My friend is a retired principal who carves walking sticks from dead Aspen as he lives in the foothills of Colorado. This hobby became a business for him when he retired but it began when he started carving sticks to give to
His sticks are carved from dead Aspen. You may use hardwood for your stick or a softer wood such as Aspen depending on where you live. Look for
a stick that is about 1 to 2 inches in diameter. Cut the stick about 52 to 54 inches long. Stand on level ground and measure to the crease in your elbow and add 6 inches. This may or may not be 54 inches,but this is the proper height for a stick.
The stick should be relatively free of deep cracks. If you cut something
that is not dead, you will have to let it dry or age.The stick should be comfortable for you to use.You need a grip in the stick which is a must. Hold the stick as you would a ski pole to properly place the grip.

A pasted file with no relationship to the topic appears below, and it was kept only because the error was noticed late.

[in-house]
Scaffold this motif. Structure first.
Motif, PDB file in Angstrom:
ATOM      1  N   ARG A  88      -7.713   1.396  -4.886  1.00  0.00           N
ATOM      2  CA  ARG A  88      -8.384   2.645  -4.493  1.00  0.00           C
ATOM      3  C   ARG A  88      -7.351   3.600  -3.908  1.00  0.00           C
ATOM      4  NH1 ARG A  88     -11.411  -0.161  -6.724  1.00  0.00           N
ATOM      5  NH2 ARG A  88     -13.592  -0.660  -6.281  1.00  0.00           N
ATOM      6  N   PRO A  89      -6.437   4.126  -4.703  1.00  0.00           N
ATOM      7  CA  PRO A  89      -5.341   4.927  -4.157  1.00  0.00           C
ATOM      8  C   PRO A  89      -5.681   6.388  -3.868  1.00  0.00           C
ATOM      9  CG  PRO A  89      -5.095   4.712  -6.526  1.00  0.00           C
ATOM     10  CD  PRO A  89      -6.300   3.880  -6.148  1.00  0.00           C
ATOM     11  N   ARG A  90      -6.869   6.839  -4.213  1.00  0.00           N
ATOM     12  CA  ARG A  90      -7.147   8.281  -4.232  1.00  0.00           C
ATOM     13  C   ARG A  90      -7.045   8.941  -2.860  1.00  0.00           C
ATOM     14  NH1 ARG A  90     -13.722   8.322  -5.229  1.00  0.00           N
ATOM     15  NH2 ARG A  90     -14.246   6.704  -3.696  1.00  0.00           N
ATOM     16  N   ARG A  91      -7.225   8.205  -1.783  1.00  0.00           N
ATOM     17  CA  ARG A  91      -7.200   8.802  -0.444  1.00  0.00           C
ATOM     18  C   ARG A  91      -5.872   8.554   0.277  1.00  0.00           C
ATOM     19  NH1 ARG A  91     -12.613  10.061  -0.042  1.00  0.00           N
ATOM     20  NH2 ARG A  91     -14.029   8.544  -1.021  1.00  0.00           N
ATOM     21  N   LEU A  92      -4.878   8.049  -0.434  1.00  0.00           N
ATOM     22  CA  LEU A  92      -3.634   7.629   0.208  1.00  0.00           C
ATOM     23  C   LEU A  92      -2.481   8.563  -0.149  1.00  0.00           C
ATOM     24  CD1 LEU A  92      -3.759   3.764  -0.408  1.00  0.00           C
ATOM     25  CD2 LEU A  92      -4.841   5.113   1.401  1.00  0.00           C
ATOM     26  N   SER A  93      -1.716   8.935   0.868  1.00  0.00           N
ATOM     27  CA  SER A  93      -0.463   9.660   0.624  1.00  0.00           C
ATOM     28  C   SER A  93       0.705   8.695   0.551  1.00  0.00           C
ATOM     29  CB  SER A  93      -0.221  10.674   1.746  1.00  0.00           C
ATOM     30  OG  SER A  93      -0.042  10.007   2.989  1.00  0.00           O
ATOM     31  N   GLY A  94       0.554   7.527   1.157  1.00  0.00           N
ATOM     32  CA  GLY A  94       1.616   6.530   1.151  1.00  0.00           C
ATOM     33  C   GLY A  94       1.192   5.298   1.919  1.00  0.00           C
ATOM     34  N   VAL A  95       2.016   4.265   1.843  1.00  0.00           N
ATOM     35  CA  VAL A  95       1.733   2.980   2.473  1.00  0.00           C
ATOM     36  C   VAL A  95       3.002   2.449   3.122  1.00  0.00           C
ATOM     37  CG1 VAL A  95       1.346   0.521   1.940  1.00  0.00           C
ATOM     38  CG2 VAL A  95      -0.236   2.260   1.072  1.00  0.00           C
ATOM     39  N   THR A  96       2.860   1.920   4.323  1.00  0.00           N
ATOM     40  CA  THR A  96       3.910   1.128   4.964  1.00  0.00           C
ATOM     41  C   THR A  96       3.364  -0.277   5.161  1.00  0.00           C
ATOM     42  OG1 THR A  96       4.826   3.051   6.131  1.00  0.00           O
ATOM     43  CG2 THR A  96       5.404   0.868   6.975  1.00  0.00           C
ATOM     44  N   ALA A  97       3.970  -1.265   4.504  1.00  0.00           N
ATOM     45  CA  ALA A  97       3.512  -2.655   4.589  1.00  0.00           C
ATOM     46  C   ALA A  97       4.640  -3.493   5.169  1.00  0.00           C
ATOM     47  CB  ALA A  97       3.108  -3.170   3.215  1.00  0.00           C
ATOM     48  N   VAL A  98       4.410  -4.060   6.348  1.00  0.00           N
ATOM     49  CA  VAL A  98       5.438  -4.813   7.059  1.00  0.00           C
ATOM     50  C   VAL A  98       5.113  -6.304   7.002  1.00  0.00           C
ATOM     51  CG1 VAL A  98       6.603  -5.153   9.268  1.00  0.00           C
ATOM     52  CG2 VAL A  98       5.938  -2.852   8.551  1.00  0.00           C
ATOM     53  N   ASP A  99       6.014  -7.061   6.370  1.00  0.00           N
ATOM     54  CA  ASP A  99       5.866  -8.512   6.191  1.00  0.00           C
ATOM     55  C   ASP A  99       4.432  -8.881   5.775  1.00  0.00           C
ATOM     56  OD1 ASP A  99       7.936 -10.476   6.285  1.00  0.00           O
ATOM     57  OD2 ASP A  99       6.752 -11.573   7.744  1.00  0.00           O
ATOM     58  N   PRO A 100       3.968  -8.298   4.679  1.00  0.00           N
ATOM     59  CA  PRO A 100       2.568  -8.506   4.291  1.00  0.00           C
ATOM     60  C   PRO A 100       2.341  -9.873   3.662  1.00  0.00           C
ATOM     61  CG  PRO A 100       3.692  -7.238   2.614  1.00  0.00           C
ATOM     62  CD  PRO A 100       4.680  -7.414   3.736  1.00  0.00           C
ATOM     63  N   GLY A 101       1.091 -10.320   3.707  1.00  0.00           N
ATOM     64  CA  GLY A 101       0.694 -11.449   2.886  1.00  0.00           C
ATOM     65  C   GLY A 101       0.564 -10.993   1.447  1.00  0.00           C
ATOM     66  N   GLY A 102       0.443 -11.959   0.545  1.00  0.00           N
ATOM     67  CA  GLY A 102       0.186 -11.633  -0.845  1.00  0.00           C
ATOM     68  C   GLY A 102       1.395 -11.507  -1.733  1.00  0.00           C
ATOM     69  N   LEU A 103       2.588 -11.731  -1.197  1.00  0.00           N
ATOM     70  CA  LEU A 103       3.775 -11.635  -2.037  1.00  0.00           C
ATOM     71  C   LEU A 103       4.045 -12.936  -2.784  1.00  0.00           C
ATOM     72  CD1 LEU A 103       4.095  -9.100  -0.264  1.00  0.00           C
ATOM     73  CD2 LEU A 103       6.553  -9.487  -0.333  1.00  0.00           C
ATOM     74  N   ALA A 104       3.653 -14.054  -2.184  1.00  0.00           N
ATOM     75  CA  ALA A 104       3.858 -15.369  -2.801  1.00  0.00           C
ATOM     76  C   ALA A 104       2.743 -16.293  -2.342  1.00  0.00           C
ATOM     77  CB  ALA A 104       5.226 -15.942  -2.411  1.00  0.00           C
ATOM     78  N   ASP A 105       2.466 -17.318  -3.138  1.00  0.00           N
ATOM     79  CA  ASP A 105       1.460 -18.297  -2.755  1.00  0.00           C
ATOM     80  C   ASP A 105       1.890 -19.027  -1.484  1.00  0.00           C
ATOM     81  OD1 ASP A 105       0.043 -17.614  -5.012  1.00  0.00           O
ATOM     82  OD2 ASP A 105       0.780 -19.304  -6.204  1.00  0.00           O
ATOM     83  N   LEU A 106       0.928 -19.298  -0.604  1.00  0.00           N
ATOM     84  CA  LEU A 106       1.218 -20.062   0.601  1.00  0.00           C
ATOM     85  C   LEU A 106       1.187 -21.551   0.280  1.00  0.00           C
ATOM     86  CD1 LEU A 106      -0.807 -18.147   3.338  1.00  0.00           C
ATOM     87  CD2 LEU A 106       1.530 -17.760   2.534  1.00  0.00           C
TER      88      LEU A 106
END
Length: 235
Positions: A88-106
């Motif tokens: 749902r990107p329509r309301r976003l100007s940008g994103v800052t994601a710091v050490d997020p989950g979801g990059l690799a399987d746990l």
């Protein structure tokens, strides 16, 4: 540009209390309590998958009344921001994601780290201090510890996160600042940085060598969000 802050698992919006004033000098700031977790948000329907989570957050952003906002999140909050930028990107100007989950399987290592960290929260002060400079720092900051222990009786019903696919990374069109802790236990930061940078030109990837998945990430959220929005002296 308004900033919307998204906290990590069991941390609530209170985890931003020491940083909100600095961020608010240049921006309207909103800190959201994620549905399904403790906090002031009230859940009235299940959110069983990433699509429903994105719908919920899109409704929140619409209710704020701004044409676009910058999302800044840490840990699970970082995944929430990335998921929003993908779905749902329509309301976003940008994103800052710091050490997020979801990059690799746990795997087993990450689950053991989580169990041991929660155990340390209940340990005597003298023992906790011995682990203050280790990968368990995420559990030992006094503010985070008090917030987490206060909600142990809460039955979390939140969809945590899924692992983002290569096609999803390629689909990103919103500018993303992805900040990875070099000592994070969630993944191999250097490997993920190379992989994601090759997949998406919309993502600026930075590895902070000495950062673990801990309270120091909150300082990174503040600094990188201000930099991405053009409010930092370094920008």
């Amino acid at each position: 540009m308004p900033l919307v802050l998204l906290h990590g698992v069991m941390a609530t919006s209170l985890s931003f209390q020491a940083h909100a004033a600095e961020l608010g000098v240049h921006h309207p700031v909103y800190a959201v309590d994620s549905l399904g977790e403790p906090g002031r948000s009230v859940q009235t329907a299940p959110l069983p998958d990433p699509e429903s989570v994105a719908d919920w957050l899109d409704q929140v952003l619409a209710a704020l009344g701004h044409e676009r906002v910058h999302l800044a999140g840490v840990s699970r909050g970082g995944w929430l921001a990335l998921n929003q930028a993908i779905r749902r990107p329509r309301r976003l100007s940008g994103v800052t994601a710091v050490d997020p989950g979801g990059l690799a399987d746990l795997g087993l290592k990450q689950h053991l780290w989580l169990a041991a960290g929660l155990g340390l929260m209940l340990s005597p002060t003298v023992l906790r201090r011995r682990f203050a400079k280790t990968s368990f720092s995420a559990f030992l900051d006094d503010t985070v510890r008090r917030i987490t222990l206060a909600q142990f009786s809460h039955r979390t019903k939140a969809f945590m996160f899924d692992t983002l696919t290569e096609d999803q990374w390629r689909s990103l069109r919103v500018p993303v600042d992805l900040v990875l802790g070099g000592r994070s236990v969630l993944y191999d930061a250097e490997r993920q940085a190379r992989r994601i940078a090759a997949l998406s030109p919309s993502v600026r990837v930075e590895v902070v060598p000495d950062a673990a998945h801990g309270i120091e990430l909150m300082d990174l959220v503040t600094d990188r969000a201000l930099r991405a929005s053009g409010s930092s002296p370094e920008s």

Use a power tool or a knife to cut the grip into the stick. Drill a hole above the grip and sand the stick using 80 grit, 120 grit and finish sanding with 220 grit sandpaper. When the stick feels smooth to the touch, use a sanding sealer to seal the whole stick.
When the sealer is dry, sand it and apply two coats of a fast drying polyurethane. These products are easy to find in the hardware store. Purchase a piece of leather strap to go through the hole and you are now ready to use the stick, unless you wish to have a rubber tip on the bottom
of the stick.
If so, you can find these in the hardware store to fit the diameter of
your stick. One last touch, is to burn dates and places that you hike,
climb or trek as this gives the stick a real touch of character. This
is much better than a steel trekking pole. Have fun hiking as it is
good for the soul.